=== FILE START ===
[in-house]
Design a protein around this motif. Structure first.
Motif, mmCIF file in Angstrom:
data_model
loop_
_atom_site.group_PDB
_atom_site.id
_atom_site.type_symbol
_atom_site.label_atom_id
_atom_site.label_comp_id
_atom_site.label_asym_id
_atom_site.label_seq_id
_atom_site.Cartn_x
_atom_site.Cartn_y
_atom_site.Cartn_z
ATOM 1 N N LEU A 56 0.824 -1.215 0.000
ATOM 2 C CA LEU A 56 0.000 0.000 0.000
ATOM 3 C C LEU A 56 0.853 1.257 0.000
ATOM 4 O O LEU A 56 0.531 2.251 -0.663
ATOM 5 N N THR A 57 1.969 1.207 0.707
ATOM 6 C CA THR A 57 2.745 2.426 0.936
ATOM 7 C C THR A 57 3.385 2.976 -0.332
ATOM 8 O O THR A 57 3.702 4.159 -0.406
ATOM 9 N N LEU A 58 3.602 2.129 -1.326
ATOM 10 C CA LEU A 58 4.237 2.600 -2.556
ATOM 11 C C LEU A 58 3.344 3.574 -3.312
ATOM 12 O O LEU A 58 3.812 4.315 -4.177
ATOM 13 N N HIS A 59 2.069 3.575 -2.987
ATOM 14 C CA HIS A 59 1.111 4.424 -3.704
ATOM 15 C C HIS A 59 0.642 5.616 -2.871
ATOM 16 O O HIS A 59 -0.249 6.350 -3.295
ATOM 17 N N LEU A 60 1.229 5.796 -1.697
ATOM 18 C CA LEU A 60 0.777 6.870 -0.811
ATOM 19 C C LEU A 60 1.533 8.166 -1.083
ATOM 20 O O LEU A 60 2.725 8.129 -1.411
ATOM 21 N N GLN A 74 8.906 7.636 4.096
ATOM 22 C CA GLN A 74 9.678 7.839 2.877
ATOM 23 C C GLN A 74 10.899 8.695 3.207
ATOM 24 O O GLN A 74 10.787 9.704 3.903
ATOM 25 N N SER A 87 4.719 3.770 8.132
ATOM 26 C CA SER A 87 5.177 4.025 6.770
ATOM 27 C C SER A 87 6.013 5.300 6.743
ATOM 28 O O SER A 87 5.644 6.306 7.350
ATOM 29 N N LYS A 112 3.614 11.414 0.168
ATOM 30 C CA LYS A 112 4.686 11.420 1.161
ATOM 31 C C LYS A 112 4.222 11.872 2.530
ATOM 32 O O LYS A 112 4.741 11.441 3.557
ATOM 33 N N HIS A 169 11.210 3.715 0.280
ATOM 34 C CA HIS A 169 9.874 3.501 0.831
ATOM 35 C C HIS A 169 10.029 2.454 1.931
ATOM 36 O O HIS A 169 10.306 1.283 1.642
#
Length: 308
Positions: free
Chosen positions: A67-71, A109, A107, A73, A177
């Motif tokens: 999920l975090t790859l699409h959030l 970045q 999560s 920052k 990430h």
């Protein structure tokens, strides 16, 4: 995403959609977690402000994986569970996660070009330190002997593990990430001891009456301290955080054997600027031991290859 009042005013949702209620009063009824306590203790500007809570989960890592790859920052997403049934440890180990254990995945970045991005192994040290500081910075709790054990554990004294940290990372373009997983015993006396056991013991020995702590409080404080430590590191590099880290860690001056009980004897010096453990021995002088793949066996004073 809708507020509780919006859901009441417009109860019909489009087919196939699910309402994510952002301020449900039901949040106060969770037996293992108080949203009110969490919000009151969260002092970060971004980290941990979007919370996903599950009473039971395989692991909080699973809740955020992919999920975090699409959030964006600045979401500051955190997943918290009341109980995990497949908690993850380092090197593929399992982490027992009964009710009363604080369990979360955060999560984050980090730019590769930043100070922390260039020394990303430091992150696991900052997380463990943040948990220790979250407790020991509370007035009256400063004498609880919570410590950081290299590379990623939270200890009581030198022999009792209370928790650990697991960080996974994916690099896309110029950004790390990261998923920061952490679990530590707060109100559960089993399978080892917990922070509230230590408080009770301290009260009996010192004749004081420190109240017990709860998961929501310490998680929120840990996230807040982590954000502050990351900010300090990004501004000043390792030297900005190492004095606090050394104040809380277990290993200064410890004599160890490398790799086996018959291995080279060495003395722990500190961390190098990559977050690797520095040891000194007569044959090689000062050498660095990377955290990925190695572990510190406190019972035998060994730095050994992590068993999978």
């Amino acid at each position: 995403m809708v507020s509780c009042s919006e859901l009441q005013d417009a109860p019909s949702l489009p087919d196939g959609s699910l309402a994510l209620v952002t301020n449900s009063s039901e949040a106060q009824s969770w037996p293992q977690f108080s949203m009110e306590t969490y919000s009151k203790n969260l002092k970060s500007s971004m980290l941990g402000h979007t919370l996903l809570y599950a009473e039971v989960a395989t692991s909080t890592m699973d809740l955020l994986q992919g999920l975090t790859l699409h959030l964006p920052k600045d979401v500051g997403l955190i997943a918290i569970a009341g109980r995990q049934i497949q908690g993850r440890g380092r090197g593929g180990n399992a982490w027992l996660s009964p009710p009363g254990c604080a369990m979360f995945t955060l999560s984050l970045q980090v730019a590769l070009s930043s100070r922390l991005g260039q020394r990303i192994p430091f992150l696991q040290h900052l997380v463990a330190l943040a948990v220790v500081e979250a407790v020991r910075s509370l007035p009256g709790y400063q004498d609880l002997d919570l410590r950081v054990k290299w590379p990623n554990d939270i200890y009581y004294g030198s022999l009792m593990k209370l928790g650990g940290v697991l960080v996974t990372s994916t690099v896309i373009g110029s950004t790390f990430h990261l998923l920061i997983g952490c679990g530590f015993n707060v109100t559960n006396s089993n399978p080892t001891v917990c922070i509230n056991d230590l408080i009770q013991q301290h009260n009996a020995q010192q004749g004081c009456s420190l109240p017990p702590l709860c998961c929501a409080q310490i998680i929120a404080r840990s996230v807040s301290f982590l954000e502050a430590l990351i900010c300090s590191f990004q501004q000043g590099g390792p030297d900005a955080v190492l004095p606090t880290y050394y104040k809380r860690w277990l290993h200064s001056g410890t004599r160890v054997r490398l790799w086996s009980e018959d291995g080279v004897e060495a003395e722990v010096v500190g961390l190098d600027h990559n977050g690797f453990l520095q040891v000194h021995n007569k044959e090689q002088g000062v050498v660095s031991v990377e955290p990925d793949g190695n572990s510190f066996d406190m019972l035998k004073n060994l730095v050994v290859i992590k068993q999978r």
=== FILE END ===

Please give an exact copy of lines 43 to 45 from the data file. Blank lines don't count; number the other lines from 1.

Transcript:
ATOM 28 O O SER A 87 5.644 6.306 7.350
ATOM 29 N N LYS A 112 3.614 11.414 0.168
ATOM 30 C CA LYS A 112 4.686 11.420 1.161